There are many reasons to consider selling a partial interest in the practice to one or more of your employees. The most common reason is for succession planning. Ideally, practice owners begin planning how to sell their businesses many years before they intend to do so. There is no question that it is an ideal situation for the owner to have a valued internal buyer who has an existing relationship with the practice, the clients and the staff.
But it can be hard to get the timing just right. Adding a partner may not even be on your radar when the perfect associate comes along. If you aren't ready to retire, but you already have the ideal buyer on your staff, offering a small ownership stake now may be the perfect way to reward a valued employee and begin the process of slowly mentoring this person to become an ideal practice owner.
Or you may be ready when that perfect associate has family responsibilities, or other priorities that make becoming a practice owner seem impossible. Begin the conversation with them and talk about why you became an owner and what it has meant to you. If appropriate, send links to articles about the benefits of hospital ownership. Just don't sugarcoat things! While the benefits are many, it takes hard work and some sleepless nights to be a business owner.
How much of the business should be offered to an associate?
It can be a difficult decision, particularly because the best interests of the buyer and the seller seem to differ. From a purely financial/business perspective, it is prudent for the seller to keep as much of the practice to herself as possible to maintain control and keep the lion's share of the profits. However, buyers usually want to acquire as much as possible in order to have more control and receive a greater financial advantage.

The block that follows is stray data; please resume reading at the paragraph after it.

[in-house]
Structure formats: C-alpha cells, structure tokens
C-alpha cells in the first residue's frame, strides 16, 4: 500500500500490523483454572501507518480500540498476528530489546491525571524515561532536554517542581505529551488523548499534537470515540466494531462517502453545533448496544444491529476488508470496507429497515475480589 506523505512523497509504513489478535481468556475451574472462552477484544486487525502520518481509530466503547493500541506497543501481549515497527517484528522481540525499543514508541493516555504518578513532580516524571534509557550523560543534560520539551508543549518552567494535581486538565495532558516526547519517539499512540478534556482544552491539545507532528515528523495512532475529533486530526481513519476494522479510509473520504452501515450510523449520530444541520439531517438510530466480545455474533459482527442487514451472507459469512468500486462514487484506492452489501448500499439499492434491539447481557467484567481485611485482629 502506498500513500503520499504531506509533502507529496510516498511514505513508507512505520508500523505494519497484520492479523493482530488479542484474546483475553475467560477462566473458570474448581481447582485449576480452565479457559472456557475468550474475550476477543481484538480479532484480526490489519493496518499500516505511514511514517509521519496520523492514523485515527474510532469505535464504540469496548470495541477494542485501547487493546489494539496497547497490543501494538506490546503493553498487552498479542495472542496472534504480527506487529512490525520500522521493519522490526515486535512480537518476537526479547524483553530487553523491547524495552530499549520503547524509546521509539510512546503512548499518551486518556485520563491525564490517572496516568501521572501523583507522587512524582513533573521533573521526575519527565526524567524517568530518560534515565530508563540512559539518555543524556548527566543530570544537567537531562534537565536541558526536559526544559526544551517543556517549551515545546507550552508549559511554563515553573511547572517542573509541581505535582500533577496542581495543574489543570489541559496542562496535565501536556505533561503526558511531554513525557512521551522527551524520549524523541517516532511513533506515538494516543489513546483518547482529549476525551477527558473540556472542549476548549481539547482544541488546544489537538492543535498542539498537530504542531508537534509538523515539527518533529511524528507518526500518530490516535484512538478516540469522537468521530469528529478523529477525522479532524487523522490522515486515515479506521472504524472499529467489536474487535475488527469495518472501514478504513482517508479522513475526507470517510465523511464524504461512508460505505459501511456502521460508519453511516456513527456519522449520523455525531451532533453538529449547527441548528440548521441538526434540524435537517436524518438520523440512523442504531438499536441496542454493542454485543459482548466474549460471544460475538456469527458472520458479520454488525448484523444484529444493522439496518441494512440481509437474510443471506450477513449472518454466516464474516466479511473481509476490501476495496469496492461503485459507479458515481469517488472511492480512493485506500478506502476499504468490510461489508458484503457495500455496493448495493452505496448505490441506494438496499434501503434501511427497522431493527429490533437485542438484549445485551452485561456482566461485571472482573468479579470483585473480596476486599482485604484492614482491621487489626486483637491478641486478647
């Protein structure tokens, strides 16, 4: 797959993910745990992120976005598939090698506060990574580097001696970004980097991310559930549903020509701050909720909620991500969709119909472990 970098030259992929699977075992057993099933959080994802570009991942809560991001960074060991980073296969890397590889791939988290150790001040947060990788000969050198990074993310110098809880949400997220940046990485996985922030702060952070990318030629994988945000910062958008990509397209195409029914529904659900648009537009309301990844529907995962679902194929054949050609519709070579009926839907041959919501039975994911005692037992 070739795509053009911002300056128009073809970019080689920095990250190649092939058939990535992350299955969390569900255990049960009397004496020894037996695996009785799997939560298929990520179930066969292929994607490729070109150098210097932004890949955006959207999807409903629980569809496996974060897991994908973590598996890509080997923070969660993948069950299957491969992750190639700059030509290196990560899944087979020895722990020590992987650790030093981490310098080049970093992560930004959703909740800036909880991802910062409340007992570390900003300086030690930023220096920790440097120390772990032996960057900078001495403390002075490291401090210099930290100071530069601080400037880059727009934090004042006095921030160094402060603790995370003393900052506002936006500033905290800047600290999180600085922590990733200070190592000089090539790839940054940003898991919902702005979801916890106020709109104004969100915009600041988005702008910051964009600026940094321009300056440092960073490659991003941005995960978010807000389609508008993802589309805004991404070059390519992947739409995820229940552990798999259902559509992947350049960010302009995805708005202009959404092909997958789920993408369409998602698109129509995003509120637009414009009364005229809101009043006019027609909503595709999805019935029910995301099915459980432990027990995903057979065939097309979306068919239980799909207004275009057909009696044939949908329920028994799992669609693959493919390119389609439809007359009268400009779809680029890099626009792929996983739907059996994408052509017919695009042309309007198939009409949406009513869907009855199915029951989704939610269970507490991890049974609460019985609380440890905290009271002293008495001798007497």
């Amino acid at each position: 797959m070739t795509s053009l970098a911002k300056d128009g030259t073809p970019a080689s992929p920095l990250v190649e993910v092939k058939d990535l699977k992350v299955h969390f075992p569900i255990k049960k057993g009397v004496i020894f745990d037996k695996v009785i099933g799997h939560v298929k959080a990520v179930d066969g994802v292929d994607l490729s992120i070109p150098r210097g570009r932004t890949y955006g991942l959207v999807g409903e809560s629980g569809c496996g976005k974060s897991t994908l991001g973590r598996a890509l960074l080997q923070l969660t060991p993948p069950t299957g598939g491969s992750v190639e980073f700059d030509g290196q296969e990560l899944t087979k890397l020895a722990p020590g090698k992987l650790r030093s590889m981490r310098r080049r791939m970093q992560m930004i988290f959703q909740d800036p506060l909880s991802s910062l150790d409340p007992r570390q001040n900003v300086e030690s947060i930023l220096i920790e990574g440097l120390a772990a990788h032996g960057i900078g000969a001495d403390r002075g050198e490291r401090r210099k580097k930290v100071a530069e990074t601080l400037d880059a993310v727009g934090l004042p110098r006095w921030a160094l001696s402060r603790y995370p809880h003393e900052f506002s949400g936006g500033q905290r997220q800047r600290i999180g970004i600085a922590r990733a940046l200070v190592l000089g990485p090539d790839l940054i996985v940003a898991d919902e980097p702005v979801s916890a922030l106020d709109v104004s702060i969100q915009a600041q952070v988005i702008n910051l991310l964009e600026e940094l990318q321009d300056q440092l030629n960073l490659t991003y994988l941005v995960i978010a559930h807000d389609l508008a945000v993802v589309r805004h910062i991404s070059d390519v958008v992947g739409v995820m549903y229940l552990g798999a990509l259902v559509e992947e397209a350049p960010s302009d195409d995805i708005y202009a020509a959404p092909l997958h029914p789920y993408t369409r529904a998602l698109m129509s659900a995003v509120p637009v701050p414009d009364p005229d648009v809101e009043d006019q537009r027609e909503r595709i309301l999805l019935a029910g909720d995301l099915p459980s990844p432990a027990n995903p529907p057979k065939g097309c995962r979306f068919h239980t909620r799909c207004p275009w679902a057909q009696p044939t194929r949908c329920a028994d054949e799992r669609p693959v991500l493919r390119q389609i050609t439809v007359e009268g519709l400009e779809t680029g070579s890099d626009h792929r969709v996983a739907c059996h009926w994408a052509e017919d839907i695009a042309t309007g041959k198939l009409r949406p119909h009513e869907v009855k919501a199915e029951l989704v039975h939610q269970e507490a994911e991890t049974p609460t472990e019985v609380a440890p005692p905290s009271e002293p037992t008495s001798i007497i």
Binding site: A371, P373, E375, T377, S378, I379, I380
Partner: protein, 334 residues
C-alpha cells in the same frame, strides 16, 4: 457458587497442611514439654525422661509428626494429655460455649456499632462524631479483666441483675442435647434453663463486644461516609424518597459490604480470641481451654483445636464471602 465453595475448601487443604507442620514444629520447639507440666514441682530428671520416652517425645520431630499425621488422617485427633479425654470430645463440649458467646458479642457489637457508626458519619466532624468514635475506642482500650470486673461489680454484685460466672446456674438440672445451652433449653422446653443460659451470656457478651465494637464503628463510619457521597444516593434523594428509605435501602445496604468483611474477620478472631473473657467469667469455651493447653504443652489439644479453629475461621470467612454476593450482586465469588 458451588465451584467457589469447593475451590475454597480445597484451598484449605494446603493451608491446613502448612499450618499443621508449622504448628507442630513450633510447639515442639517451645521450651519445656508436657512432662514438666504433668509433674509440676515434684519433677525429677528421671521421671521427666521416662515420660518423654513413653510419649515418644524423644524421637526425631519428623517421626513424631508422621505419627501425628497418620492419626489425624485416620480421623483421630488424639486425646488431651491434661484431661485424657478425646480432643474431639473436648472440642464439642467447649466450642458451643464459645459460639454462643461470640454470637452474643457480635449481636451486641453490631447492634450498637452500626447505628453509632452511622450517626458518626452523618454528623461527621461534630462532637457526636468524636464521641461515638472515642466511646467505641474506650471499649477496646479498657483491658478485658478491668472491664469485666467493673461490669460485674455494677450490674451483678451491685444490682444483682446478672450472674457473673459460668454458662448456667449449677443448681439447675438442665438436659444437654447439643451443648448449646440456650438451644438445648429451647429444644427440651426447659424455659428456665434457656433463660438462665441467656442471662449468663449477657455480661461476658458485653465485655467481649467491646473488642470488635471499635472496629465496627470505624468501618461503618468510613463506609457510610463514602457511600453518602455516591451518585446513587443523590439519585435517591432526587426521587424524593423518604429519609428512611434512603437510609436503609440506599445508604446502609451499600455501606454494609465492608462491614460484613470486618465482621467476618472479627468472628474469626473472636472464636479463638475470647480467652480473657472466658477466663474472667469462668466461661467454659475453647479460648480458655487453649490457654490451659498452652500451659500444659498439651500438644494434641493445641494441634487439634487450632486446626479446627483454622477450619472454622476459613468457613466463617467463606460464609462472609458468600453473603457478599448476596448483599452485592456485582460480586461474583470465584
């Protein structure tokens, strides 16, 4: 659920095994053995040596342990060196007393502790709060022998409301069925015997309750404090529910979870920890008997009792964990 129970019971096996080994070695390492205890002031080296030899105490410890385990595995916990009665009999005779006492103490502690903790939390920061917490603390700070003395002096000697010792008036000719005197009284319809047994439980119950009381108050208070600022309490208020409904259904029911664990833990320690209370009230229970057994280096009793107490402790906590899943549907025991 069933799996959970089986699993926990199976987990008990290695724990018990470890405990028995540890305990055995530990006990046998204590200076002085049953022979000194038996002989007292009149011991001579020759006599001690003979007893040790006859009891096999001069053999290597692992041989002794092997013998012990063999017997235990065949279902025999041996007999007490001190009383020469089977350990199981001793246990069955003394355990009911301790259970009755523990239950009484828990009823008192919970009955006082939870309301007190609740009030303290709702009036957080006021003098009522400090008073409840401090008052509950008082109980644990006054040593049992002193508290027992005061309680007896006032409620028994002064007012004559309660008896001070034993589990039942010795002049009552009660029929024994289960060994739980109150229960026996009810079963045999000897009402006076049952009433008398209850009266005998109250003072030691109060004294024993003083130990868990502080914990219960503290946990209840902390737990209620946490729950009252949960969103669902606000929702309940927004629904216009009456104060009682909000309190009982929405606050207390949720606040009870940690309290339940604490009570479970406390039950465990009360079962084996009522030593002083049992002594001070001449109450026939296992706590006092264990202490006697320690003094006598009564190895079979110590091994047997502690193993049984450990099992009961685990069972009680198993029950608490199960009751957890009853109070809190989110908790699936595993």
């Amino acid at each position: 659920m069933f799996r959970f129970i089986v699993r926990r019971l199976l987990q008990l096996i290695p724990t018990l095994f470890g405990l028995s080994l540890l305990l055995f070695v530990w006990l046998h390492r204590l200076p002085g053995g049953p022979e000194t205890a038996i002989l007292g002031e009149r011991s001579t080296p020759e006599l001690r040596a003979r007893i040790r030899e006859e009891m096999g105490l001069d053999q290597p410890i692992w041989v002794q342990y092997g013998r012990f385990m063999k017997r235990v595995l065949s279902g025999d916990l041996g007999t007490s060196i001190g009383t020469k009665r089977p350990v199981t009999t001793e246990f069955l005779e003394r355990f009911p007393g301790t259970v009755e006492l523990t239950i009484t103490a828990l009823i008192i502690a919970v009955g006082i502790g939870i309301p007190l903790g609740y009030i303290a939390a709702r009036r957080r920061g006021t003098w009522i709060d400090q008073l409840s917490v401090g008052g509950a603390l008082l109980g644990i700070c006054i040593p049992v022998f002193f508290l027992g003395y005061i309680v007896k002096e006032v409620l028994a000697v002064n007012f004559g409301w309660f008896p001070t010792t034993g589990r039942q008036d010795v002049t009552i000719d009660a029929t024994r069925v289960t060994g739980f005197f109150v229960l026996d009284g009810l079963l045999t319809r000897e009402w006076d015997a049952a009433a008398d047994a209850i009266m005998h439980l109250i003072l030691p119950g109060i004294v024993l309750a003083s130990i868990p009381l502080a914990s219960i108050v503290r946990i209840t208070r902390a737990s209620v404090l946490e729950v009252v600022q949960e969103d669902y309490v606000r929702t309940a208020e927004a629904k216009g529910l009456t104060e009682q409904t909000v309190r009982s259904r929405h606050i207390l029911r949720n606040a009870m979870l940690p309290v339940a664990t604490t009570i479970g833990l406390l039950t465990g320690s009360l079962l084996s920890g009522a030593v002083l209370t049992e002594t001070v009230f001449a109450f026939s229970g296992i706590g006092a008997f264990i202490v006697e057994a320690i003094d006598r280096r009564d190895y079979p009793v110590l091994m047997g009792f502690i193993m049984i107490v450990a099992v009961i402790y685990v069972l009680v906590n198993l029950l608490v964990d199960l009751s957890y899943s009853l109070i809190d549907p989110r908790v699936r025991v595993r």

Let's look at this from both perspectives.
From the perspectives of money and control, you may wish to sell the smallest piece possible to secure the buyer as a partner. Why? When you sell a minority share of your practice, the price is lower than it would be if you sold the whole thing. Someone buying the entire practice has control over the money. They can change compensation and benefits, change the mix of services, hours of operation, anything and everything. In contrast, a minority owner can't do anything of significance without the approval of the majority owner. If the buyer can't control the money, they can't pay as much for the practice.
Certainly, the other significant factor is control. When you are the sole owner, you can pay yourself in whatever manner you choose, take additional vacation time, attend the conferences that you wish, take the family with you when you want, all without the need to explain your decisions to anyone but your tax accountant. When you have a partner, they are part of those decisions. Can you both take extra vacation time? Who covers the cost if families travel? Even when you have the final authority, you have to consider that you aren't the only one affected by your business decisions.
One of the biggest reasons to become a hospital owner is having the ability to make the practice an expression of yourself and your values. One of the other big reasons: money. As an owner, you have the rights to a portion of the profits from the business. At first, this money will go toward your payments for acquisition loan. Payments will not come from your compensation for clinical duties. Therefore, you can continue to make student loan payments, car payments, house payments, etc., while financing the purchase of the hospital.
There is an inherent risk to this plan, however. What happens if profits decline? The payments for the practice will still be due, even if profit distributions are minimal. What if new equipment needs to be purchased or there are substantial unexpected repairs? While some protections can be built-in to the partnership agreement in regard to decision-making for capital investments, there is no guaranteed level of profit distributions. In fact, there is no guarantee that you will receive any profit in a given year.
In the best case scenario, your share of the profits covers your loan payments. As the business grows, your profit distributions will increase while your loan payments stay the same. That means you can use the money for other things, like a vacation or paying down your educational debt.